Tencel® is the registered trade name for a type of lyocell, a biodegradable material made from wood pulp cellulose. Fabric sold under the this brand specifically is manufactured by Lenzing AG. This material started to grow in popularity in the late 1990s and is now used in a variety of ways. Though the exact characteristics of the material depend on how it's processed, it tends to be durable and soft. Often said to be environmentally friendly, it is fully biodegradable and made from trees managed for sustained harvest.
This material is very versatile, since it can be manipulated to have a variety of textures. Early Tencel® garments were often compared to rayon in look and feel, but it is now made in a variety of textures including a silky, peach skin, or moleskin feel. Blends with other fibers such as wool, cotton or linen can produce a variety of textures. Garments made with this fabric generally drape well, resist wrinkles, and are fairly durable. Additionally, the fabric is very breathable and moisture wicking, which can make it good for those with sensitive skin.
Most garments made with this material are machine washable. If washed in cold water, they shrink slightly with the first washing, but then won’t shrink in future washes. The cloth also dries quickly, so drip-drying is an alternative to using a dryer. If other fabrics are used in a garment it may require dry cleaning, even though the Tencel® itself does not.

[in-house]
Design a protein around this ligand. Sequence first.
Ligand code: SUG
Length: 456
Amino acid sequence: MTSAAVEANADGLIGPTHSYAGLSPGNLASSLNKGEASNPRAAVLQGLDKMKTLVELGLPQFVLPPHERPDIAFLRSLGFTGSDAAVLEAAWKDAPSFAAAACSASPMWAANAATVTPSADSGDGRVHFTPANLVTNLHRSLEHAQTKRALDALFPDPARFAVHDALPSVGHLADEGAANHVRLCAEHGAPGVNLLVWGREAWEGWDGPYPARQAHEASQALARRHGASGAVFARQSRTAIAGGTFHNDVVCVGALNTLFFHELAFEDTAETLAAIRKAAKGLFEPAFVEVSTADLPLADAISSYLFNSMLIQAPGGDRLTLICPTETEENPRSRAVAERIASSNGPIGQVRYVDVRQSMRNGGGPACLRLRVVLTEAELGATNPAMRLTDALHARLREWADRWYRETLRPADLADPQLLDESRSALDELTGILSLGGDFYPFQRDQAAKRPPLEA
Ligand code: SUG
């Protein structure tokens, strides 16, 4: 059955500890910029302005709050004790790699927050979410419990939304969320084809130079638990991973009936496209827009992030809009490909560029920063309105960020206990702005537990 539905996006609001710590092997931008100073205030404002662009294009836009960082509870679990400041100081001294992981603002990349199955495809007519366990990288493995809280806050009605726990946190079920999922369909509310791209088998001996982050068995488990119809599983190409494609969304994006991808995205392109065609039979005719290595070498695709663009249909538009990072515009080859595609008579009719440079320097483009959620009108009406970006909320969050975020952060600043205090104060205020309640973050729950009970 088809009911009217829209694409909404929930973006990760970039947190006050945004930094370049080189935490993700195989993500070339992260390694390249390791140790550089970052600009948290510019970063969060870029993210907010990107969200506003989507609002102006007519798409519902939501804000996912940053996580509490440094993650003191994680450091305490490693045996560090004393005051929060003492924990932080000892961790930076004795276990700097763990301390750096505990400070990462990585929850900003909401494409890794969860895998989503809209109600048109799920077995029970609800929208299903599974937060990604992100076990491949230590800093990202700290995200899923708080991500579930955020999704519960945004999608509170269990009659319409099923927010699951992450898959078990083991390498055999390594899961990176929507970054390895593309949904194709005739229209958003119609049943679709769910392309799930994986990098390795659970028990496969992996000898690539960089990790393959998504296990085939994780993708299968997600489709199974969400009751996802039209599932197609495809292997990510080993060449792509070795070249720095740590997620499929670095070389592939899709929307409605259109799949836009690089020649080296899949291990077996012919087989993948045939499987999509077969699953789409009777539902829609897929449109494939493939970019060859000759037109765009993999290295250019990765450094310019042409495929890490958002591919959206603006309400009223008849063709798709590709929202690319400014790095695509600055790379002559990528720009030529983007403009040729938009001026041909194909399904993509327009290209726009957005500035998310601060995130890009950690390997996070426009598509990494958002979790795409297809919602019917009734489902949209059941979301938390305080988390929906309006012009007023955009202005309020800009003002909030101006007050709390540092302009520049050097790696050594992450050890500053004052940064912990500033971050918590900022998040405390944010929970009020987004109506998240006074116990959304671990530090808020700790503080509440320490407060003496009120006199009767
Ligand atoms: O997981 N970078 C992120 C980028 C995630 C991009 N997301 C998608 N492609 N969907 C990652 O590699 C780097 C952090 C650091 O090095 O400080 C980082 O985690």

Tencel® is used in a variety of applications, including men's wear, sheets, and blankets. Since it's absorbent and dries quickly, it is also suitable for towels. Clothes made from this material are often recommended for traveling because they are light and keep their shape well. Tencel® is also available as fabric for sewing, as yarn for knitting or crocheting, and as fiber for spinning. Besides it use as a cloth, it is also used in making bandages, baby wipes, oil filters and carpeting for cars, as well as conveyor belts and plastic parts. In powder or fiber form, this material is used in making specialized papers, as an additive for building materials, and in making foam mattresses.
The fabric is considered a natural rather than synthetic product because it is made from plant material. To make Tencel® wood chips are mixed with a solvent to produce a wet mixture. This is then pushed through small holes to form threads. These are chemically treated, lubricated, and then combed and cut into usable lengths. The lengths of fiber are then spun into yarn and woven into cloth.
Manufacturers of the product say that the solvent used, amine oxide, is non-toxic and recycled during the production cycle. Though it is dyed with conventional dyes, which can harm the environment, less dye is needed than for a similar amount of cotton. Studies also show that processing of Tencel® requires less energy and water than that of cotton, and the trees used are usually grown without pesticides. Despite this, shipping the raw materials needed to make Tencel® throughout the world does require a lot of energy, as does the production process.